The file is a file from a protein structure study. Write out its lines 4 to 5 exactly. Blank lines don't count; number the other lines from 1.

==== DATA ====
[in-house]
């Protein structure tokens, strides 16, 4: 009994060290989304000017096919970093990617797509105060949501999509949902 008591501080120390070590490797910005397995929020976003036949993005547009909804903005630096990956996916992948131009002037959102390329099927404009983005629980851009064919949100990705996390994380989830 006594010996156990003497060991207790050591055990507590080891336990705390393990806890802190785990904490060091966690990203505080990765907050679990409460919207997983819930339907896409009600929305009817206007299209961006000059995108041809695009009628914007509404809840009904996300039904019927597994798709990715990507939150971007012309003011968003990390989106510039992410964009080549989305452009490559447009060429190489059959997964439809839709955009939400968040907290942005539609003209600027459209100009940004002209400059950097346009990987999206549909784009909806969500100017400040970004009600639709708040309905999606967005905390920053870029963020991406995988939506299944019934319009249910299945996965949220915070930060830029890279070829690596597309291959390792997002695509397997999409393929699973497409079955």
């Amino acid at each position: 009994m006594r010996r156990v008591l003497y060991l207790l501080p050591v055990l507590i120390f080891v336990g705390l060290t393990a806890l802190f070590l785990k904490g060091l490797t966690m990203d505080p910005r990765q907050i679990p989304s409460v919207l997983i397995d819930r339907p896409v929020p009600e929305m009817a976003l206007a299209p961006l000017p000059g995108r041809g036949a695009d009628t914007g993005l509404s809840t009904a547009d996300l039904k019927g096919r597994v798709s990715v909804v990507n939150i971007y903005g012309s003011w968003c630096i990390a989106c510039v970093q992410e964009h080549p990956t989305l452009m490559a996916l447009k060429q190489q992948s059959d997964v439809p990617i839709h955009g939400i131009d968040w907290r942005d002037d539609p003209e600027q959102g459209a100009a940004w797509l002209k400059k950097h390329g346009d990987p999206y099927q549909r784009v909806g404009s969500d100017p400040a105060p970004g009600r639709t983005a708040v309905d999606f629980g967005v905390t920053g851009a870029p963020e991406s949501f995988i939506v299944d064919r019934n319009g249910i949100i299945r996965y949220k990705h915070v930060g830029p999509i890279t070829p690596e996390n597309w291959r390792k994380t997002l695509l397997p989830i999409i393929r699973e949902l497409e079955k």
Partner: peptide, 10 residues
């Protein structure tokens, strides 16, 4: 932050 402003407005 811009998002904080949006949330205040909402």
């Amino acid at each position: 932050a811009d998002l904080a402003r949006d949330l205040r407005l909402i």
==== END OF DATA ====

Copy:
Partner: peptide, 10 residues
């Protein structure tokens, strides 16, 4: 932050 402003407005 811009998002904080949006949330205040909402």